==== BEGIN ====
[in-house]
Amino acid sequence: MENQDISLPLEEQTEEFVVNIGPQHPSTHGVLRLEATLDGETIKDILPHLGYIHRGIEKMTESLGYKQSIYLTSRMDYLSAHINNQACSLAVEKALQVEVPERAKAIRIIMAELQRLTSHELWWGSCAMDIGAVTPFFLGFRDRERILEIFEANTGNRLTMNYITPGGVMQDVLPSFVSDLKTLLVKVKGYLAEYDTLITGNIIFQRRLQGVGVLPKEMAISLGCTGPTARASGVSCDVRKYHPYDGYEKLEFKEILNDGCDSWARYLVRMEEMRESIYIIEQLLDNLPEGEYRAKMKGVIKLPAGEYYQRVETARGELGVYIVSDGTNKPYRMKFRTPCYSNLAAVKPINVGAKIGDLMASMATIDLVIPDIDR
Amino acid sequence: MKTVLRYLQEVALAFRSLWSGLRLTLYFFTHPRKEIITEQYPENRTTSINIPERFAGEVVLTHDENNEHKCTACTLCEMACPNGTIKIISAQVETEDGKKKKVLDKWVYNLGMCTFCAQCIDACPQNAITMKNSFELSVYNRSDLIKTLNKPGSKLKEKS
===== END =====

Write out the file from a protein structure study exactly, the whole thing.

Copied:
[in-house]
Amino acid sequence: MENQDISLPLEEQTEEFVVNIGPQHPSTHGVLRLEATLDGETIKDILPHLGYIHRGIEKMTESLGYKQSIYLTSRMDYLSAHINNQACSLAVEKALQVEVPERAKAIRIIMAELQRLTSHELWWGSCAMDIGAVTPFFLGFRDRERILEIFEANTGNRLTMNYITPGGVMQDVLPSFVSDLKTLLVKVKGYLAEYDTLITGNIIFQRRLQGVGVLPKEMAISLGCTGPTARASGVSCDVRKYHPYDGYEKLEFKEILNDGCDSWARYLVRMEEMRESIYIIEQLLDNLPEGEYRAKMKGVIKLPAGEYYQRVETARGELGVYIVSDGTNKPYRMKFRTPCYSNLAAVKPINVGAKIGDLMASMATIDLVIPDIDR
Amino acid sequence: MKTVLRYLQEVALAFRSLWSGLRLTLYFFTHPRKEIITEQYPENRTTSINIPERFAGEVVLTHDENNEHKCTACTLCEMACPNGTIKIISAQVETEDGKKKKVLDKWVYNLGMCTFCAQCIDACPQNAITMKNSFELSVYNRSDLIKTLNKPGSKLKEKS